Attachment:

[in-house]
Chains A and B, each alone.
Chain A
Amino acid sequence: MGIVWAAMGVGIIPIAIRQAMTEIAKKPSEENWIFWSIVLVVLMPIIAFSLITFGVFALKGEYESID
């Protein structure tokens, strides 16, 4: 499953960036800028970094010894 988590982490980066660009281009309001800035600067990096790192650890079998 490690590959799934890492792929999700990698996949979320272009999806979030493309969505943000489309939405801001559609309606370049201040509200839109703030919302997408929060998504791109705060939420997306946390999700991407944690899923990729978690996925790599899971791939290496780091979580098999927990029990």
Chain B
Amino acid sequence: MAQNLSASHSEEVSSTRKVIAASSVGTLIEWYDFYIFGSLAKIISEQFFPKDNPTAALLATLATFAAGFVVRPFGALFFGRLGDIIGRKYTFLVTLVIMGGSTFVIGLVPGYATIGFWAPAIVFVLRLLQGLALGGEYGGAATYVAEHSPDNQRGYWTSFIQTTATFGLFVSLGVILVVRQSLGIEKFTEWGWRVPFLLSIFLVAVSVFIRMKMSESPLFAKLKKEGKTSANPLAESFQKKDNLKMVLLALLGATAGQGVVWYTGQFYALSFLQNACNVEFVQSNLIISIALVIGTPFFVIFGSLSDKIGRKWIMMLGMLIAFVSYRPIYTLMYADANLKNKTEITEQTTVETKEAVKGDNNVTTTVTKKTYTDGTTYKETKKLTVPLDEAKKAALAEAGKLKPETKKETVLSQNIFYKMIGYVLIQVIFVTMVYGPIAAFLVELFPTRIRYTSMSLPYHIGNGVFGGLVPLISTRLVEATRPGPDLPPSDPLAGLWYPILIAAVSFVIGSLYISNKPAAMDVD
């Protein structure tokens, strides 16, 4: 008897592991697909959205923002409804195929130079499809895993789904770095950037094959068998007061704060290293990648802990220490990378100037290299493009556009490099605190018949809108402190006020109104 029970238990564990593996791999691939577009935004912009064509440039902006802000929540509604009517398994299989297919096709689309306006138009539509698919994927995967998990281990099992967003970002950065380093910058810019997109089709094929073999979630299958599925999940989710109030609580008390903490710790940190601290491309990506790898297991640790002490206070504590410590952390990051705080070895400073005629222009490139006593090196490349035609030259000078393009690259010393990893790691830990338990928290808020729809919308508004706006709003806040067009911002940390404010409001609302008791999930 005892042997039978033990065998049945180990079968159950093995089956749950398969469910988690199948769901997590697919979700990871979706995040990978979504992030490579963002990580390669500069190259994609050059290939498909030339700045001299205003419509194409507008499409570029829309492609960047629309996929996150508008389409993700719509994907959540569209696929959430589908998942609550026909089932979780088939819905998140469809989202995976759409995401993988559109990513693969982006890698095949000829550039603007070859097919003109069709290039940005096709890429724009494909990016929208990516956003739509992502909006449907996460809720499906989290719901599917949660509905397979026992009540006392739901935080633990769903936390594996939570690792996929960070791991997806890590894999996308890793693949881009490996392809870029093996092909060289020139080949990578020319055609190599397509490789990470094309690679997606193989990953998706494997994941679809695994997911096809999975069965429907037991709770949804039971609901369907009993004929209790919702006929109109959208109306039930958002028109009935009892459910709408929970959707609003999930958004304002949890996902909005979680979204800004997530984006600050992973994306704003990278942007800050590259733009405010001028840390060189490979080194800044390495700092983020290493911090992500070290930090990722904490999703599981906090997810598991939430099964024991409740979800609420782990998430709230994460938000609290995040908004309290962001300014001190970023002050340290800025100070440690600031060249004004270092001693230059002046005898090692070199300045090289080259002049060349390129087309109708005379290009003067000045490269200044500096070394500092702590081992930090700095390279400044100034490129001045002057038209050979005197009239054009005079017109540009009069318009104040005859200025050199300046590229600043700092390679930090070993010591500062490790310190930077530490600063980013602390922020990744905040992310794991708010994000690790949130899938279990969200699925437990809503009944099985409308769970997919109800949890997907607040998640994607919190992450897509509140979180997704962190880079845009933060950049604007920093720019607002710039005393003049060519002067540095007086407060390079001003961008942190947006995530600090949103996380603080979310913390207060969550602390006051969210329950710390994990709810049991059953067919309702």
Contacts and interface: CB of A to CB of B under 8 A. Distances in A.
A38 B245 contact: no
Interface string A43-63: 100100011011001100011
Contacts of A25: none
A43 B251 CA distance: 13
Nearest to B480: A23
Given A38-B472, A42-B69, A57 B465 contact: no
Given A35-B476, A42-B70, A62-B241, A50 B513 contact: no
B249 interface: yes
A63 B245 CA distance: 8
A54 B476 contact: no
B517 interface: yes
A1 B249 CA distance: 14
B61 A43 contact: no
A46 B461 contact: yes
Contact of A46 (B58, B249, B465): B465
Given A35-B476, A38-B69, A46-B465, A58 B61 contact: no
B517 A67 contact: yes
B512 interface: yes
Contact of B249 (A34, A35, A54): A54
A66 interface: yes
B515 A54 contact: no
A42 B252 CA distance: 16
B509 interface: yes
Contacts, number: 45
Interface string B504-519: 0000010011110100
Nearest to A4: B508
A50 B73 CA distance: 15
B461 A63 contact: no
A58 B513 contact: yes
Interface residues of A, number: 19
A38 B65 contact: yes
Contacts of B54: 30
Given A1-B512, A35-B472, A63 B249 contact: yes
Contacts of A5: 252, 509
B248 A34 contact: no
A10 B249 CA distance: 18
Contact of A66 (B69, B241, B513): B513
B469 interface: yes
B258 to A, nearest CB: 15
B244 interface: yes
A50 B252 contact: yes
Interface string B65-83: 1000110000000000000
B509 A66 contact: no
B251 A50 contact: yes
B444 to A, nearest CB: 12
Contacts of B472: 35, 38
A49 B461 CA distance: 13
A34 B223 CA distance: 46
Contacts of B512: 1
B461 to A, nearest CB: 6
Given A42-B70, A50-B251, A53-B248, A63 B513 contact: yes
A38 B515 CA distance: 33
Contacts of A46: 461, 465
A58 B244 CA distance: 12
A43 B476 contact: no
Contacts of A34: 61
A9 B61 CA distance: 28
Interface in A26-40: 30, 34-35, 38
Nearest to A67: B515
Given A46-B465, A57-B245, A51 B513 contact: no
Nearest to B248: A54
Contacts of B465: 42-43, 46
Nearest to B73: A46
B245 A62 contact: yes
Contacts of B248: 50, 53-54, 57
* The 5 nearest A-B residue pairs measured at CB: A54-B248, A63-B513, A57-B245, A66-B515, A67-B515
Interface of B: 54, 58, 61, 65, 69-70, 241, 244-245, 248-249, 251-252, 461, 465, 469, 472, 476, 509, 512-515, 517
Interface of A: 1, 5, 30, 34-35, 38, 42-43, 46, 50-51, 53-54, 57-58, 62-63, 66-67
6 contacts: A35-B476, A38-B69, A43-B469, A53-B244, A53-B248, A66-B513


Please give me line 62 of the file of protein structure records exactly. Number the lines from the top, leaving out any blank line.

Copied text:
Contacts of A46: 461, 465